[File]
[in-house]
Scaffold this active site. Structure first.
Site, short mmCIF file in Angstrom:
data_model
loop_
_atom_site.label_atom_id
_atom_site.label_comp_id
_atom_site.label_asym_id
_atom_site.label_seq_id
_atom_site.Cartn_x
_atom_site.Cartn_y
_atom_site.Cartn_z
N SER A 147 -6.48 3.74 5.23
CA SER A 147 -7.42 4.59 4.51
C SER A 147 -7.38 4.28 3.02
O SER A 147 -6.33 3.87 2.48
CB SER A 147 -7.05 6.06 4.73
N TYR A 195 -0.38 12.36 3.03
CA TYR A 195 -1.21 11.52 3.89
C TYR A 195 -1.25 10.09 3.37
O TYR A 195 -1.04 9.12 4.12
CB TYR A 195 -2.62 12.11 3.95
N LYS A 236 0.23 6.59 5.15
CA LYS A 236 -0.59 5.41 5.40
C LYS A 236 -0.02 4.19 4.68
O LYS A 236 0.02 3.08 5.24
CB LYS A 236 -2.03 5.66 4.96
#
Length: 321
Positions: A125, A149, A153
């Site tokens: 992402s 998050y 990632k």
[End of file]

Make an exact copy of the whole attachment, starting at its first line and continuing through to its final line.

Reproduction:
[in-house]
Scaffold this active site. Structure first.
Site, short mmCIF file in Angstrom:
data_model
loop_
_atom_site.label_atom_id
_atom_site.label_comp_id
_atom_site.label_asym_id
_atom_site.label_seq_id
_atom_site.Cartn_x
_atom_site.Cartn_y
_atom_site.Cartn_z
N SER A 147 -6.48 3.74 5.23
CA SER A 147 -7.42 4.59 4.51
C SER A 147 -7.38 4.28 3.02
O SER A 147 -6.33 3.87 2.48
CB SER A 147 -7.05 6.06 4.73
N TYR A 195 -0.38 12.36 3.03
CA TYR A 195 -1.21 11.52 3.89
C TYR A 195 -1.25 10.09 3.37
O TYR A 195 -1.04 9.12 4.12
CB TYR A 195 -2.62 12.11 3.95
N LYS A 236 0.23 6.59 5.15
CA LYS A 236 -0.59 5.41 5.40
C LYS A 236 -0.02 4.19 4.68
O LYS A 236 0.02 3.08 5.24
CB LYS A 236 -2.03 5.66 4.96
#
Length: 321
Positions: A125, A149, A153
């Site tokens: 992402s 998050y 990632k």